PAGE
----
This currency was likely adapted by other Near Eastern and Aegean economies.

This means that in total, the silver found at La Almoloya would be enough to pay 938 daily wages or buy 3,350 kg of barley. 

General layout of ‘housing complex 1’ at La Almoloya. The red star marks the location of the princely grave containing the man and woman

General layout of ‘housing complex 1’ at La Almoloya. The red star marks the location of the princely grave containing the man and woman

Small, carinated vessel with silver coatings. The architecture and artefacts from La Almoloya provide new insight into emblematic individuals and the exercise of power in societies of marked economic asymmetry, study authors explained

Small, carinated vessel with silver coatings. The architecture and artefacts from La Almoloya provide new insight into emblematic individuals and the exercise of power in societies of marked economic asymmetry, study authors explained

A ‘MARRIED COUPLE’ BURIED TOGETHER 

The man and woman buried in the ceramic pot were not biologically related but died at the same time in mid-17th century BC.

They had a daughter who was buried near them, the team explained.

The woman had markings on her ribs that suggested she had a pulmonary infection at the time of death.

The man had wear and tear to his bones suggesting physical activity possibly horse riding.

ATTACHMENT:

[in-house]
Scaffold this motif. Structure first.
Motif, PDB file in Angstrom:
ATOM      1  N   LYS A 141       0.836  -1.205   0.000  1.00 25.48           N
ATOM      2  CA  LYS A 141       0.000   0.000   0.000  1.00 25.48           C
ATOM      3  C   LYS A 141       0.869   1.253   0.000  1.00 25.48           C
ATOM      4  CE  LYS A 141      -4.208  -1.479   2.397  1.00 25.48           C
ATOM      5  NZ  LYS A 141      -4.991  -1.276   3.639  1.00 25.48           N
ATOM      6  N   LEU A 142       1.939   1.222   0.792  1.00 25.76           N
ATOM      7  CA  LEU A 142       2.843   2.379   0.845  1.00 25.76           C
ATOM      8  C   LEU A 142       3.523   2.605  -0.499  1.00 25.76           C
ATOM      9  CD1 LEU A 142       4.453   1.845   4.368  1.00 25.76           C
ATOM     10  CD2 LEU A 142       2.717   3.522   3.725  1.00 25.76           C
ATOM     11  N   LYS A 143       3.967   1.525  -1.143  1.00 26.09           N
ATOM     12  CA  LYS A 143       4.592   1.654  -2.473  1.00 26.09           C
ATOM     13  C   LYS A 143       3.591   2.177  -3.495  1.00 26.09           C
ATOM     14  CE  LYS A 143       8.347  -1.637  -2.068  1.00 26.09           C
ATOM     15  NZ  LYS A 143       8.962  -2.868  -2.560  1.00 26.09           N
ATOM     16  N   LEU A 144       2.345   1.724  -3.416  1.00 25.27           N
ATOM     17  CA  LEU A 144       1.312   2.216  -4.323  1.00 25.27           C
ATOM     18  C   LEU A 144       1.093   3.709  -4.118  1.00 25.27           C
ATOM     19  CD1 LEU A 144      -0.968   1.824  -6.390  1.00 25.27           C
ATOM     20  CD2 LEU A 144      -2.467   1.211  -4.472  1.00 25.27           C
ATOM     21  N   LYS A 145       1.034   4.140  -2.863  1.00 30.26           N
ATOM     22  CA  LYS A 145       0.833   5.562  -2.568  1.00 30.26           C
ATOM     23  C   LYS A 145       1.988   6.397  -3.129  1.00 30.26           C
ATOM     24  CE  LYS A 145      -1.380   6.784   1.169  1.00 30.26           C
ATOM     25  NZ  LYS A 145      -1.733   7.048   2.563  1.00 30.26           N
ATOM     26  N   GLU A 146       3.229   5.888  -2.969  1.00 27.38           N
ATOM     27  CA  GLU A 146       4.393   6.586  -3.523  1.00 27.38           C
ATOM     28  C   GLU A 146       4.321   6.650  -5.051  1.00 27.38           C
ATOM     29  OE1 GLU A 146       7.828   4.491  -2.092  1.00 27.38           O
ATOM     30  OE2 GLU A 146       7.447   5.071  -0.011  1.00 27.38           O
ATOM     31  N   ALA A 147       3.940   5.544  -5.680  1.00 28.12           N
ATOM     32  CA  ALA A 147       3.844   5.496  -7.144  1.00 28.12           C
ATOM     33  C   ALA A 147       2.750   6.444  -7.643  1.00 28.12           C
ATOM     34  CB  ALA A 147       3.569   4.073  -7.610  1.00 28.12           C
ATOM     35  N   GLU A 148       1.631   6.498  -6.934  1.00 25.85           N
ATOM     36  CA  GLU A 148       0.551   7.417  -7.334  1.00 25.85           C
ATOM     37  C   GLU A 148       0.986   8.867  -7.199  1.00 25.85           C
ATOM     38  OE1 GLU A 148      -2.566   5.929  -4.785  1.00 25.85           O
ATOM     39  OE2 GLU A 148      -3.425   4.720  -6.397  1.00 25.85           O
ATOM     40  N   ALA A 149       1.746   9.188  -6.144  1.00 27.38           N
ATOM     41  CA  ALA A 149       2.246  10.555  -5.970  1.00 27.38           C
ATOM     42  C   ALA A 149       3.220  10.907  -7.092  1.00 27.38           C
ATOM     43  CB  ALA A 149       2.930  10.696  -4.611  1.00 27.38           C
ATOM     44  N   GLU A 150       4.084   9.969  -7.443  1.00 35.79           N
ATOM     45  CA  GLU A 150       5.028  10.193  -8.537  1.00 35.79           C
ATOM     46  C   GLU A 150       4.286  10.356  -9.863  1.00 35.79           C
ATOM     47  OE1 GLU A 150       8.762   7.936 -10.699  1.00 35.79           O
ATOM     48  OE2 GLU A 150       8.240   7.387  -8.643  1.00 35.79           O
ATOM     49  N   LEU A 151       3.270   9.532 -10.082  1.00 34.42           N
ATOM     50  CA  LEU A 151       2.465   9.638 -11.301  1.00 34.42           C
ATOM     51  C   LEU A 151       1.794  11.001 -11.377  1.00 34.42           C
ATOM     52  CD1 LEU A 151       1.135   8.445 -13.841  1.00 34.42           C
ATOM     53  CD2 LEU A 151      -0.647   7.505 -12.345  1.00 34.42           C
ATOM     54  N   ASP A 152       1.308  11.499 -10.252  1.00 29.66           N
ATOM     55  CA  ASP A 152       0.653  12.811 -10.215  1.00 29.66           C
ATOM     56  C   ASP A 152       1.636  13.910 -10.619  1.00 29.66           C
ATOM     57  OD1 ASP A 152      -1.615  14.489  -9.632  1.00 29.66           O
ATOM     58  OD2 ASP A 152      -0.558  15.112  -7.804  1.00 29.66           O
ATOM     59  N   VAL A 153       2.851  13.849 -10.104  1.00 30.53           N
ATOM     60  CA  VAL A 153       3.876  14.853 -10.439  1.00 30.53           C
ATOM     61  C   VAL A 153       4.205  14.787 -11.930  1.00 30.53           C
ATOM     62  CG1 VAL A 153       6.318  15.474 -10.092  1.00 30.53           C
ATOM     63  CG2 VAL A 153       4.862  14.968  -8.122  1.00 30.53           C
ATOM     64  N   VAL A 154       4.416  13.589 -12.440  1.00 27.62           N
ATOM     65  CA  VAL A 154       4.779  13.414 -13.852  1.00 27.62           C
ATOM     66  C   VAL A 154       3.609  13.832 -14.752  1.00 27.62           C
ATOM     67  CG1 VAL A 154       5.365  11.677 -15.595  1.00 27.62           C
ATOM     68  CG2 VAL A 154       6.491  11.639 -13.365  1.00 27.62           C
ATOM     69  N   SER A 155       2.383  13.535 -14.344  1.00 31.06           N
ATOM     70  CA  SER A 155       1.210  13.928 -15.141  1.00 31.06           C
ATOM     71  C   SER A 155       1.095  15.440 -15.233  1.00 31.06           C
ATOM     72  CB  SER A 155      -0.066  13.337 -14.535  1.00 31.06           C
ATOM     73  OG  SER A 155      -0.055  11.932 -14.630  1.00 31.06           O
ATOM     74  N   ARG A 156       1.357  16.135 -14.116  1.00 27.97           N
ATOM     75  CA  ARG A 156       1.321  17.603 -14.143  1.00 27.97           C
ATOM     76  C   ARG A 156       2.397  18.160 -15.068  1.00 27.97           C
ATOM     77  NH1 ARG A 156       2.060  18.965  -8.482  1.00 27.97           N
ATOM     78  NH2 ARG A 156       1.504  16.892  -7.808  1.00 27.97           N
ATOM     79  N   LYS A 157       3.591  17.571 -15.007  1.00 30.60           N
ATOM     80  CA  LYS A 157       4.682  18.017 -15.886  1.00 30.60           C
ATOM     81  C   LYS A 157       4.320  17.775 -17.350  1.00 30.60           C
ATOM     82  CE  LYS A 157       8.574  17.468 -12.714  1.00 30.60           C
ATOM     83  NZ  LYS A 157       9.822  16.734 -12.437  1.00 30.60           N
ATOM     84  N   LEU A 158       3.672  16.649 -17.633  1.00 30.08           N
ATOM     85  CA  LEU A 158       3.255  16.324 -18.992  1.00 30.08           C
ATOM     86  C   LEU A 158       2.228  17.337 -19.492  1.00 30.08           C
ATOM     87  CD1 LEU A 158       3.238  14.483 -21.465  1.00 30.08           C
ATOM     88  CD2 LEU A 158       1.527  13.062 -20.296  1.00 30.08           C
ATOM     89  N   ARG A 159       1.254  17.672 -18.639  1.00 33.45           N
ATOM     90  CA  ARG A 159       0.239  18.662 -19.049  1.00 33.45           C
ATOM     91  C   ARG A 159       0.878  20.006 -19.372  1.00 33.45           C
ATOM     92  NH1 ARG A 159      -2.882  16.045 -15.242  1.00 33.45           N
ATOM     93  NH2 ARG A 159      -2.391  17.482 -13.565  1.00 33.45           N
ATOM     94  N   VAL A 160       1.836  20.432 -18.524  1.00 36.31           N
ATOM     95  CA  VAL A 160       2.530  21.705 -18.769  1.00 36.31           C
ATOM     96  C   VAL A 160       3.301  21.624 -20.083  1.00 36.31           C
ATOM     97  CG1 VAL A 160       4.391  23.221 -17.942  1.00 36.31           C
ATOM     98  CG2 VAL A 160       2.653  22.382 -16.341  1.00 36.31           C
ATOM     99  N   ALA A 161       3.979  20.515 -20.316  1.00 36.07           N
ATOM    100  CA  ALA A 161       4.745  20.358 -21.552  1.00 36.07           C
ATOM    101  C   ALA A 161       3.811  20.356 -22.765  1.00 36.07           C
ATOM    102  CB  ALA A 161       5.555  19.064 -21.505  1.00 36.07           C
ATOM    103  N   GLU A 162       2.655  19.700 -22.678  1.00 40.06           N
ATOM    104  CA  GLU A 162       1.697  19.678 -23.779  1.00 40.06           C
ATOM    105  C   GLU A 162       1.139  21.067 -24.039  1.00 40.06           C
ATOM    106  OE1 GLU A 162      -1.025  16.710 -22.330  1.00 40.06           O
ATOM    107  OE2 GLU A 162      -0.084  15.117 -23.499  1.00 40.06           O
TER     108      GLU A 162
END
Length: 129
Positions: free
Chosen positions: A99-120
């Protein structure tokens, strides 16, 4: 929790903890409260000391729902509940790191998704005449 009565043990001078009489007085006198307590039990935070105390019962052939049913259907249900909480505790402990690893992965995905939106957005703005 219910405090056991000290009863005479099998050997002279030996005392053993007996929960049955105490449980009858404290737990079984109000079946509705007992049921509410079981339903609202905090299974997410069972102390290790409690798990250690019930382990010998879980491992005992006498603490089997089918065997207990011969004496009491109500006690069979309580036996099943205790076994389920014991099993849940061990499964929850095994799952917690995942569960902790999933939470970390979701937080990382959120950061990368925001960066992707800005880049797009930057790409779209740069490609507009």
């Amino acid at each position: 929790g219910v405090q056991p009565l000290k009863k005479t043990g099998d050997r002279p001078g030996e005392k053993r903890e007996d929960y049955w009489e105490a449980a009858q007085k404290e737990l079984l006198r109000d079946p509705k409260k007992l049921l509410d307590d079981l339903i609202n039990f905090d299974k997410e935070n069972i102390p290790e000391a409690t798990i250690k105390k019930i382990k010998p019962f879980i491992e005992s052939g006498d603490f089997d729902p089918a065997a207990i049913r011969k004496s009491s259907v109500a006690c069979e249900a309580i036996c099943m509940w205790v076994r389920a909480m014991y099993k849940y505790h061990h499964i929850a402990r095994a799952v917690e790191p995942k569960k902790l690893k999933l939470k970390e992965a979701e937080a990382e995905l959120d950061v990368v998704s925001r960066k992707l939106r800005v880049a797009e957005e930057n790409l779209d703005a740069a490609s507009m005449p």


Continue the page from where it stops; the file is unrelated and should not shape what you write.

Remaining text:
Notably, the mean weight of the three medium-sized silver spirals worn by both individuals is 8.44 g, which matches the weight of the Mesopotamian shekel.

Furthermore, the weights of other silver spirals found in the grave are practically fractions or multiplications of that figure. 

‘This may be a random distribution or it may indicate a standardised system of weights and measures mirroring contemporaneous Eastern examples,’ explained Risch. 

‘Further research is required to determine this, but the possibility of detecting a metric system behind the silver spirals is a further indication of the extent of the economic control exercised by the dominant class in El Argar.’

This evidence of a standardised system of weights and measures could be proof of a wider political unity among the Argaric regions, something theorised by previous archaeologists. 

Contrary to the tombs found in El Argar, where there is no knowledge of the space in which they were placed, the funerary goods in this grave, and the diadem did offer the possibility of interpreting their location within an architectural setting.  

Schematic drawing showing the location of grave goods in relation to the bodies in La Almoloya

Schematic drawing showing the location of grave goods in relation to the bodies in La Almoloya